Oyster Bay Town Supervisor John Venditto, together with Kids Helping Kids co-founders Robert A.J. Eslick and Philip M. Eslick, kicked off the search for a new batch of “kids of distinction” at the end of February. Nominations are due by May 16. Winners will be recognized at a special ceremony held by the board of trustees on Tuesday, June 17 at 7 p.m. with a citation from the Town and a $2,000 scholarship from Kids Helping Kids.
Massapequa residents joined in the 6th annual North Hempstead Polar Plunge at North Hempstead Beach Park on Saturday. A total of 600 Long Islanders took on the plunge to benefit the Special Olympics. In total, everyone raised nearly $85,000, and they were rewarded with the feeling of accomplishment.
Massapequa residents Jaclyn Wukovitz, 25, Joe Mottola, 50, Sue Mottola, 51 and Mike Freitas, 34, from Mineola took on the plunge side-by-side. The polar bear team “H2M” raised about $5,000.
Taking a successful step in the music business requires plenty of talent, but also a measure of luck. And for a trio of local musicians, a recent one-off performance sparked a whirlwind of attention and video clicks.
Carolyn Miller of Massapequa, Mikel James of Farmingdale and David Wong of Huntington Station were on separate musical paths before convening to record a cover of “Say Something,” a song originally released by A Great Big World and then re-released featuring Christina Aguilera.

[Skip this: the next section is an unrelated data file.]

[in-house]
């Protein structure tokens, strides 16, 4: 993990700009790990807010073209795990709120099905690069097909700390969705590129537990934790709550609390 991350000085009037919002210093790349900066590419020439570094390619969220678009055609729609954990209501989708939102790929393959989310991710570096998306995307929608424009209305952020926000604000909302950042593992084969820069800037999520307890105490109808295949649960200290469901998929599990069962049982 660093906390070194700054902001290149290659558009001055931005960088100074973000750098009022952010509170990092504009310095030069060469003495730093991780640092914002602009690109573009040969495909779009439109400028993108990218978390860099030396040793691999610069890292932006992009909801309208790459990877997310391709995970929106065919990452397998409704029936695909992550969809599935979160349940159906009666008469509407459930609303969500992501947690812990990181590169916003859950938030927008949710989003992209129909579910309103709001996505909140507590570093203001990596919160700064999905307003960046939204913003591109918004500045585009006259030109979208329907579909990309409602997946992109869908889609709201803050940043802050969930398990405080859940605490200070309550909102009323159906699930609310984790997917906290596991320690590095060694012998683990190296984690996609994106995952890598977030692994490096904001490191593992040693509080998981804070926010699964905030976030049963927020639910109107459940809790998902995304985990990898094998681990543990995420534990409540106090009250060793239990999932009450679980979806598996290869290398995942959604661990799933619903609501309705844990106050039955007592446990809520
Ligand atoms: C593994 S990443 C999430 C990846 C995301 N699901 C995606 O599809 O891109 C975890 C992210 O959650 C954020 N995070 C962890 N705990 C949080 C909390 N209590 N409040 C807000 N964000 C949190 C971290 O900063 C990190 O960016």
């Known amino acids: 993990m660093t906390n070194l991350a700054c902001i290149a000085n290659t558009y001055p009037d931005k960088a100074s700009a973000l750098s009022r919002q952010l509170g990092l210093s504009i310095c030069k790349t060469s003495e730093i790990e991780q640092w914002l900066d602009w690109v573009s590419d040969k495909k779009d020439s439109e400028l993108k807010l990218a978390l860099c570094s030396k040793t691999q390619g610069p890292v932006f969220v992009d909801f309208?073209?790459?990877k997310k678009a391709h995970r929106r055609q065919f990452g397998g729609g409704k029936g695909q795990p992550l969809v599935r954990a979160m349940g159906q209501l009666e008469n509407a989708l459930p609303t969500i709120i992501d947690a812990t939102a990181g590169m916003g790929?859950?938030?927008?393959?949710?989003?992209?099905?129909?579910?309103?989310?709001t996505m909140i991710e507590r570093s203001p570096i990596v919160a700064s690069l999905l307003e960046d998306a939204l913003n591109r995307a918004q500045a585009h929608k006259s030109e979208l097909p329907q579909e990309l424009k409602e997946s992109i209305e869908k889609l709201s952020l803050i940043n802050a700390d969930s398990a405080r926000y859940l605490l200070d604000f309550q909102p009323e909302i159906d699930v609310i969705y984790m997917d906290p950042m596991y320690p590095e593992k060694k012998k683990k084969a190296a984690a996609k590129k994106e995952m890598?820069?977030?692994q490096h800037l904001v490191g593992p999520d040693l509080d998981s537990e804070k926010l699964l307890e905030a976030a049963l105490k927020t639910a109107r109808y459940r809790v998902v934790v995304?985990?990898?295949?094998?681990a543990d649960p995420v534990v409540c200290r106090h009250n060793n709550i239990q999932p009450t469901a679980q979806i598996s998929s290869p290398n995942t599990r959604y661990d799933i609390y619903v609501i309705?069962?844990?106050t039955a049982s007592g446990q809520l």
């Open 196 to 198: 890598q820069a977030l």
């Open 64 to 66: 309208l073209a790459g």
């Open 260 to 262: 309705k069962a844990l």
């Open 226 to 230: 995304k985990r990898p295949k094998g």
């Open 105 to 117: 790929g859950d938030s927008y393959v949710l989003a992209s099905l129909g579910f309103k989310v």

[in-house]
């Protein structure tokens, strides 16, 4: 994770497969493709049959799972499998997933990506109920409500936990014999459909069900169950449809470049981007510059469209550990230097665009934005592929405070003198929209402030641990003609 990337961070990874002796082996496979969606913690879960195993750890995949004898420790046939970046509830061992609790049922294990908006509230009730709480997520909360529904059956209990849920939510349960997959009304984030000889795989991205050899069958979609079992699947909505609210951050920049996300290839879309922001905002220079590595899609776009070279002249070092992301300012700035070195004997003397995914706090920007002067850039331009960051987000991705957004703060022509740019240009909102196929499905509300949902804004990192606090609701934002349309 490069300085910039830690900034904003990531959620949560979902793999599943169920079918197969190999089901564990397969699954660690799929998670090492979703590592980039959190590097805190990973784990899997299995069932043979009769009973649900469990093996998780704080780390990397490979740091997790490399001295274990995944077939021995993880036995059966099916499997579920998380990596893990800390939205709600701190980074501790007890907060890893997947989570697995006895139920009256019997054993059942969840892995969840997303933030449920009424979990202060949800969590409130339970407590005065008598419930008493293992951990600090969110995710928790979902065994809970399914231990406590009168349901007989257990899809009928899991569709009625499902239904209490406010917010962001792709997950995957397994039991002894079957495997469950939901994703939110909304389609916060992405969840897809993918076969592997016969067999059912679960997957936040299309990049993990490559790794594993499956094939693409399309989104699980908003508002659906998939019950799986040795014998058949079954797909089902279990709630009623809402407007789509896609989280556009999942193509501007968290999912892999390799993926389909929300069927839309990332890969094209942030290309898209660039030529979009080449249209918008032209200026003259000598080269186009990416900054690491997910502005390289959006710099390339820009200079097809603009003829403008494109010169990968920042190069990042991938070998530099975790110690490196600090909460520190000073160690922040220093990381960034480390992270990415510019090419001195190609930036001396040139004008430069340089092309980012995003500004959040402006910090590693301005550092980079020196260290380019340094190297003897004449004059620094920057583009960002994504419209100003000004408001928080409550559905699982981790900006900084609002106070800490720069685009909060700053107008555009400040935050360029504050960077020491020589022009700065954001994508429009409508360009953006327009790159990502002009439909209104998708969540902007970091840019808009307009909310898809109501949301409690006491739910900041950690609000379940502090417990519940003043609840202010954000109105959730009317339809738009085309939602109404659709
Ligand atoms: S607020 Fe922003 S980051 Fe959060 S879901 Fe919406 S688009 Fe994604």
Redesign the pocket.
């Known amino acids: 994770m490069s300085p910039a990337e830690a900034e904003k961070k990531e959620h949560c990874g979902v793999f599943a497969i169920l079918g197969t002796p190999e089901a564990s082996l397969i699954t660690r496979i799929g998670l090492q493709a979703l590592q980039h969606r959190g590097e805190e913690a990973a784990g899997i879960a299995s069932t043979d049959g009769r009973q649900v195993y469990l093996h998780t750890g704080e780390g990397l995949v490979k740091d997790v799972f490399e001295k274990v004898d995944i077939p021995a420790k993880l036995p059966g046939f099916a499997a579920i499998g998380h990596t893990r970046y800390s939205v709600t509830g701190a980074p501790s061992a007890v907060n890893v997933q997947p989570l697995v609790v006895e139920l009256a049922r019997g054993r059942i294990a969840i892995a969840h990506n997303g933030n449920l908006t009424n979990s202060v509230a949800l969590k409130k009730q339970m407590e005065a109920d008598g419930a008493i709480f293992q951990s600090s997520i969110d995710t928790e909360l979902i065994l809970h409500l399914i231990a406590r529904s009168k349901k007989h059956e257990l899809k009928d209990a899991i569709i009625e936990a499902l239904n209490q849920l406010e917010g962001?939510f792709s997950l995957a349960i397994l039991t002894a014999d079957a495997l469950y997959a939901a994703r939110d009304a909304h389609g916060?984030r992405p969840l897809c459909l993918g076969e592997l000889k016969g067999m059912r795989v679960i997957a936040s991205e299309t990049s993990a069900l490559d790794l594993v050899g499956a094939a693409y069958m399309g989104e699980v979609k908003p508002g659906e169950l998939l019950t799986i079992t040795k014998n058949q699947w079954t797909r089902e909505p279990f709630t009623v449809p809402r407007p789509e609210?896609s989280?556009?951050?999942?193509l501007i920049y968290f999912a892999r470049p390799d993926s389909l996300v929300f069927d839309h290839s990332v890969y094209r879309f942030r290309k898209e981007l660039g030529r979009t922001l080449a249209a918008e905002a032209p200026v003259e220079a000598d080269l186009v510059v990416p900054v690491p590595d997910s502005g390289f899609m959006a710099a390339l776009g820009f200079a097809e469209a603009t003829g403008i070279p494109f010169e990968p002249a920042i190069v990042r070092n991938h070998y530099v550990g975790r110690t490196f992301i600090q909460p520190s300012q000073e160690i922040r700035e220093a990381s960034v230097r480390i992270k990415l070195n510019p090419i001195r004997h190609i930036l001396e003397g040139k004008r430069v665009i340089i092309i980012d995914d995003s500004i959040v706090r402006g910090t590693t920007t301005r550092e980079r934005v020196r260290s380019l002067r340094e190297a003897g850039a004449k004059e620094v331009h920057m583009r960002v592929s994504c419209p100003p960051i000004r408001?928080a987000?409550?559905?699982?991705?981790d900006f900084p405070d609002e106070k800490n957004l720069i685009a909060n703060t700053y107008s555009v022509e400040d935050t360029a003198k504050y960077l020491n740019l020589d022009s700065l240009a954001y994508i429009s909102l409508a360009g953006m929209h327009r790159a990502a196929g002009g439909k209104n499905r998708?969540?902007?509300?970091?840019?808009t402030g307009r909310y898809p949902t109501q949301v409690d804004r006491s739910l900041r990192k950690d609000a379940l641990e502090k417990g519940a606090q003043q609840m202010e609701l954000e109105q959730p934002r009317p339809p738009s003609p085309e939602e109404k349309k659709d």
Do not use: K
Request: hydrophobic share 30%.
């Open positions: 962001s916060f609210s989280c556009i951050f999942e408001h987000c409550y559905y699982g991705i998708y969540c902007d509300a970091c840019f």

With kids today obsessed with all the latest electronic gaming gadgets — the Playstation 4, Xbox One, Nintendo 3DS, and the like — you’d think that the comparatively antiquated concept of pushing a piece of plastic along a sheet of cardboard would be eschewed by your average teenager; however, judging by the crowd of kids at the Massapequa Public Library’s Board Game Café, this actually may not be the case.
Young Adult Services librarian Peter Cirona, who created the Board Game Café at the library’s Central Avenue branch (in addition to a whole host of other young adult programs), said that it’s a great way for kids to socialize and play some classic board games in a fun and friendly environment.
On Feb. 27, parents in the Levittown, East Meadow, Massapequa and Farmingdale school districts came together for an informal pannel discussion on the New York State Education Department and the implementation of the state Common Core Learning Standards. Panelists included New York State Assemblyman Thomas McKevitt, Jeanette Deutermann of the Long Island Opt Out Facebook page, and former public school teacher David Greene, who came to the Farmingdale Public Library to talk with local parents about key concerns and questions with the curriculum.
Outspoken parent and founder of the Long Island Opt Out movement, Deutermann, delved into some of the factors behind what led to the state’s adoption of the Common Core, and how the state education department cites High School graduation rates as its reasoning behind the curriculum.